Copyright 1991-1997 by Larry Hastings. Free to redistribute, provided it is redistributed intact including this copyright notice.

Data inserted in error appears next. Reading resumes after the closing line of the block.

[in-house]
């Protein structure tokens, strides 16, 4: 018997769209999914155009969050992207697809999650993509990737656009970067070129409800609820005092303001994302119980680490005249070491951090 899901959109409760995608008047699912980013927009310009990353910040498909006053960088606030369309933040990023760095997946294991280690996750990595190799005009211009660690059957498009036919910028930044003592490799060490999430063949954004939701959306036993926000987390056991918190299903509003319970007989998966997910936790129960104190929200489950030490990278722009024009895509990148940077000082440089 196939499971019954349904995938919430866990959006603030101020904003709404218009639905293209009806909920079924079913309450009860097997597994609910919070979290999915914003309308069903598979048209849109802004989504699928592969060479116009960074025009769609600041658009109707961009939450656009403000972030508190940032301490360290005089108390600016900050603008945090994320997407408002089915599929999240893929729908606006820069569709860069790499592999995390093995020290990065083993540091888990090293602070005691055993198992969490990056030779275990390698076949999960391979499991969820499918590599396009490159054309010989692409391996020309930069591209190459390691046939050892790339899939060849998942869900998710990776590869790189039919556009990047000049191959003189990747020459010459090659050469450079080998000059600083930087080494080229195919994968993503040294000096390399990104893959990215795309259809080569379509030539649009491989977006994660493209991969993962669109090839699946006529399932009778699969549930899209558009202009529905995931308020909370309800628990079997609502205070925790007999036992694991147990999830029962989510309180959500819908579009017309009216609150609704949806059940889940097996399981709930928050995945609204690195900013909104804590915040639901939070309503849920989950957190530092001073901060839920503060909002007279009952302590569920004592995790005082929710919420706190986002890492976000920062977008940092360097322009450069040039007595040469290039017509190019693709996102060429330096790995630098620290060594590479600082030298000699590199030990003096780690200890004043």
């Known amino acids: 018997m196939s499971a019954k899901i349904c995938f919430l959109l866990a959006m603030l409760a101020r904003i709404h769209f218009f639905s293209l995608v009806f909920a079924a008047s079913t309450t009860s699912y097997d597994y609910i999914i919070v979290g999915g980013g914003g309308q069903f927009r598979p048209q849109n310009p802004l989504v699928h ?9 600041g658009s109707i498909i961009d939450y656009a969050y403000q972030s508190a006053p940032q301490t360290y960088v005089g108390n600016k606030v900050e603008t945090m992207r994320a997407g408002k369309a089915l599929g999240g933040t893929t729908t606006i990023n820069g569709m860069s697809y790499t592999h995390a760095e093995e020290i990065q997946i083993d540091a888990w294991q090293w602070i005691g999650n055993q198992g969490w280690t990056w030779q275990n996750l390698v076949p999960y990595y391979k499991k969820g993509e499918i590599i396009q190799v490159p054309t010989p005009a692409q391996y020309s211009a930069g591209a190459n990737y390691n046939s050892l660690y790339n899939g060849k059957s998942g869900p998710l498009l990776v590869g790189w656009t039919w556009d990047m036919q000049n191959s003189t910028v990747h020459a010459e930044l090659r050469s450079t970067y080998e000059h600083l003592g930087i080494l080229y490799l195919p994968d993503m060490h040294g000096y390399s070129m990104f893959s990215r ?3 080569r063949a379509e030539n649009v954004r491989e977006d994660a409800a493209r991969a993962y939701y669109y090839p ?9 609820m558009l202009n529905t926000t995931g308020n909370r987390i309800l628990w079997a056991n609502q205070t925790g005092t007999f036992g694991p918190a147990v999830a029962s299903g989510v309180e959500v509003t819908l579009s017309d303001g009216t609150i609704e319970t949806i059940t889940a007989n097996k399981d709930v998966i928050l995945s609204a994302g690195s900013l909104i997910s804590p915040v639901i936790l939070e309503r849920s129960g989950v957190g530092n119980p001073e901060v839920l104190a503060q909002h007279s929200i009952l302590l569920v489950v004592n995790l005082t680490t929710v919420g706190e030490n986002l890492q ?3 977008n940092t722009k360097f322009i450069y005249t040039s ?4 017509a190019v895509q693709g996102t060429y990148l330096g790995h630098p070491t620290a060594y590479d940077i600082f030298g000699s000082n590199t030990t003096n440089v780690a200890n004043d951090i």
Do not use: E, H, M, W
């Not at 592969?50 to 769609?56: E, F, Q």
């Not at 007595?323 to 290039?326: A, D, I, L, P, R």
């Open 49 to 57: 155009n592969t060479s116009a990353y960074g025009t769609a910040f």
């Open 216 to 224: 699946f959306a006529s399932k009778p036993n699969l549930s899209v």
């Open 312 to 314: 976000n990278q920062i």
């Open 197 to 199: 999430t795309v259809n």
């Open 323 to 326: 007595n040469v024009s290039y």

Okay, I admit it. I am a GIANT Stan Ridgway fan. I went to his show at the Oasis (in San Jose, CA) on Monday night (4/23/90). Since he was hanging out at the back of the club (on the second floor) before the show, I went and got his autograph, and asked if he was going to play "Newspapers" that evening... which got a smile out of his bass payer, and Stan said "You know, you're the _first_ person to ever say that..." Anyway, I am such an ingrained geek that I took _notes_ during the show (mainly so that I could keep a list of the songs he played, and so I could put his better quotes into my fortune database, Lfortune). Here are the bulk of my notes, mixed in with the song list: SONG LIST -- songs played by Stan Ridgway at the Oasis in San Jose, CA, 4/25/90 (songs marked with a * are new songs) *Future Bound (monologue) This "song" was actually an 8 or 10 minute monologue Stan read from a piece of paper, while the musicians played "technological" sounds in the background (lots of beeps and sliding tones from the synthesizers, assymetrical unmetered weird drumming, and long super-overdriven super-fuzzed chords from the bass player). It was mostly about Stan's concern for how we are hurtling into the future without paying much attention, and featured quotes like: "We are in a shotgun marraige with technology" and "The real world is not like the Nightly News, and the real world was never 'Leave It To Beaver' or 'Rosanne' or 'Green Acres' or 'The Beverly Hillbillies'..." *Talk Hard This was passible -- pretty repeative... The Big Heat *Jack Talked The bulk of this song was the chorus, which went: 1 2 3 4 "Jack talked (thump) (thump) Jack talked, why (thump) Jack talked like a man on fire" repeated four times, followed by "man on fireeeeeee...." There were some other lyrics about how Jack sang his heart out and told all, but for the most part of the evening Stan wasn't audible enough to make out the words (unless you already knew them) so I wasn't able to figure out much of this. Callbox Last Honest Man Like last time he played, he changed the second stanza (about "the man who moves the masses") to the following (or something pretty close): "There's a man who spins the records In a big city place like here It broadcasts to three whole states And they say he has an ear But he never seems to listen And he never taps his toes (line missing) He listens with his nose" *Come To Sleep Stan introduced this song as being "about a nightmare... something for all you Jung fans" (or something like that). This song was _great_. Salesman I noticed that the bulk of this song was carried by the sequencer. Ah, but for days gone by, when stage musicians played their own instruments. There was an extra little bit right at the end of the song, which went: "I'm sick and tired Of this rotten job -- And I'm sick and tired Of all these barbecues and eatin' corn-on-the-cob" Rumblefish He seems to love doing this live -- he played this last time I saw him (in late August of last year, I think). Big Talk (Longarm) This was labeled "Big Talk" on the songlists that were on the stage. Draw your own conclusion. Mexican Radio A perfunctory performance... no little radio to give his voice that tinny sound, no particular interest... after he was finished, he called it "A fun little song... sure, it's stupid, but it's fun, isn't it?" *Uba's House Of Fashions This song is about a place that's supposedly on Sunset Boulevard in Hollywood, "where we get dressed". Stan said the song was "obscure, maybe, but fun for us to play", and I get the impression that he probably won't put it on any albums. However, it _was_ a fun song. (The chorus went: "Uba--- Uba--- Uuuuuuuuubaaaaaaaaaa--- Uba--- Uba--- Uuuuuuuuubaaaaaaaaaa--- Fashions... Fashions....") *I Wanna Be A Boss Or, at least, I _think_ that's the title of this song. It was mainly about how some poor slob wants his boss's job, because his boss doesn't do anything, and has three secretaries, and he wants a limo, and a yacht, and so on. It was alright. Goin' Southbound Drive, She Said which went into *Beyond Tomorrow (closing monologue) More of the same of the opening monologue, warning us about technology and asking us to make a happier world to live in: "Wouldn't it be nice to live in a world where you could go up to your next-door neighbor and say 'Hi there' and they didn't pull a knife on you? I've got knives too... but I don't pull 'em." "So, right now, I want you to turn to the person next to you, and get up close to 'em, and look right in their eye, and say: 'YOU FUCKING ASSHOLE, GET OUT OF MY PERSONAL SPACE! YOU'RE INFRINGING ON MY PERSONAL SPACE!'" I get the idea that this may be on the next album... Stan signed his name "Beyond Tomorrow! Stan Ridgway" At this point, Stan and company left the stage, so that we could call them out for an encore. What a wild, wacky, spur-of-the-moment thing. *Katie, Is That You I'm not sure if that's the right name or not. This is a song originally by Chuck Berry. The chorus asked "Katie, is that you" and finished up with "What are you doing?"... Stan ended the last chorus with "Just what the god-damn hell are you DOING, _anyway_?" *Beyond Tomorrow, continued (closing monologue) This went on for another minute or two. Then, Stan and company left the stage, and they turned the house music back on. Players: Stan Ridgway (vocals, harmonica -- no guitar all evening) M.J. 12: (the new name for his back-up band... the name was Harry Truman's "Majestic Twelve", and Stan said 'look it up') Pietra Wexstun: keyboards Joe Ramirez: bass Joe Berardi: drums Mark Schultz: guitar Bernard Hall: keyboards Also... during one of the songs, someone handed him a "Wooly Willy" -- one of those toys with a little picture of a face and some iron filings under plastic, where you rearrainge the filings with a magnet and draw moustaches, hair, etc. Between two of the songs, he brought it out, and started talking about it: "And, you know, when you give a gift, it's always nice to take off the price tag... you see here, this 'Wooly Willy' cost a dollar and thirty-nine cents. I'll black it out, here, but I'll remember that price for the next twenty years..." "This is an important memento in the Ridgway family. One night in San Jose, a nameless person gave me a worthless toy... and it touched me in a way I could not quite articulate."